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The American Revolution
Revolutionary War: Groping Toward Peace 1781-1783
Preliminary Articles of Peace, January 20, 1783

Peace negotiations between British and American diplomats began in earnest only in the fall of 1782. Unlike today when news media almost instantaneously update viewers and readers of diplomatic negotiations, communications in the late 18th century were as slow as it took a ship to sail the Atlantic Ocean. At any rate, the preliminary articles of peace were signed by British and American representatives in late January 1783, but news of the event did not reach American shores until March. What are the major provisions of the preliminary articles of peace? What did the British grant to the American Revolutionaries? To what extent do these provisions suggest that the American Revolution was truly a global conflict?

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PHILADELPHIA, March 24, 1783.

His Most Christian Majesty's Cutter the Triumph, commanded by the Chevalier DUQUESNE, arrived this Morning, in 36 Days from Cadiz. By her we have the following very agreeable and important Intelligence.

The Principal Articles of the Preliminaries of the Peace of the 20th of January, 1783.

FRANCE to retain Tobago and Senegal. France to restore to Great-Britain Grenada, St. Vincents, Dominique and St. Christophers.

St. Eustatia, Demerara, Berbice, and Issequibo shall be restored to the Dutch.

Great Britain to restore to France, Goree, St. Lucia, St. Pierre, and Miquelon.

The fishery of France and England on the coast of Newfoundland to remain on the same footing on which they were left by the treaty of 1763, except that part of the coast from Cape Bonavista to Cape St. John's, which shall belong to the English.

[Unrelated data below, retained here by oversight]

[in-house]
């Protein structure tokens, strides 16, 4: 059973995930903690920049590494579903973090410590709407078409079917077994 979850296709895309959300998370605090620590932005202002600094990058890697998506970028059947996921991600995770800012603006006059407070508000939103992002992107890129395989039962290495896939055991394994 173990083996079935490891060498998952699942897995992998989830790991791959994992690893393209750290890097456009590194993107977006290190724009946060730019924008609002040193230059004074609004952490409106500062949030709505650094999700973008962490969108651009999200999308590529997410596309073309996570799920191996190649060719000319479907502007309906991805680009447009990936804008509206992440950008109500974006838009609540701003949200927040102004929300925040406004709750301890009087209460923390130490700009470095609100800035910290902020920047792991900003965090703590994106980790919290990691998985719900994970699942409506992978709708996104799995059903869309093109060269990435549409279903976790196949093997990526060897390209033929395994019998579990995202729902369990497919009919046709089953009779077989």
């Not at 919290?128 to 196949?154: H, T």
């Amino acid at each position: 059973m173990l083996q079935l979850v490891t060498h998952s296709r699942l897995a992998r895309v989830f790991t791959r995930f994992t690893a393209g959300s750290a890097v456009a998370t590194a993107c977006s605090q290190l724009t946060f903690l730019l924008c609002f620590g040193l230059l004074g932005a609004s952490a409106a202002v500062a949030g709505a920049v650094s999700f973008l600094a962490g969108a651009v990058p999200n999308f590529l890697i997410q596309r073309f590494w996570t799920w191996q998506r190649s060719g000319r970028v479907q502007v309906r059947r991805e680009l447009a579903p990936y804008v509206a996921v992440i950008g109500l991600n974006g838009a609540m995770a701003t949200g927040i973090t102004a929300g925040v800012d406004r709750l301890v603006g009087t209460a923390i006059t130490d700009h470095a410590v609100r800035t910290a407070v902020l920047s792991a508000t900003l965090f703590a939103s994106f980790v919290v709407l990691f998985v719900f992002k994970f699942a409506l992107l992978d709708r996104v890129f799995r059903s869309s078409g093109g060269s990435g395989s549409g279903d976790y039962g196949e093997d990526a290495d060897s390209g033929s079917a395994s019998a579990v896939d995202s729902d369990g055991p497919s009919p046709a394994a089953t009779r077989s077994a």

France to be re-established in the East-Indies, as well in Bengal as on the east and west coast of the Peninsula, as regulated by the treaty of 1763.

The articles of the preceding treaties, concerning the demolition of Dunkirk, to be suppressed.

Spain to retain Minorca and West Florida.

Great-Britain cedes East Florida to Spain.

An agreement to be entered into between Spain and Great-Britain, about the cutting of wood in the bay of Honduras.

Great-Britain to retain the Dutch settlement of Negapatam, in the East-Indies.

Great-Britain to restore Trinquemale to the Dutch, if not re-taken.

St. Eustatia, Demarara and Issequibo, to be restored by the French to the united provinces.

Great-Britain acknowledges the sovereignty and independence of the thirteen united states of America.

The limits of the united states to be as agreed upon in the provisional articles between them and Great-Britain, except that they shall not extend further down the river Mississippi than the 32d degree of north latitude, from whence a line is to be drawn to the head of the river St. Mary, and along the middle of that river to its mouth.

Copy of the heads of the preliminaries of peace, signed the 20th of January, and transmitted by express on the 22d by the marquis de Castries.
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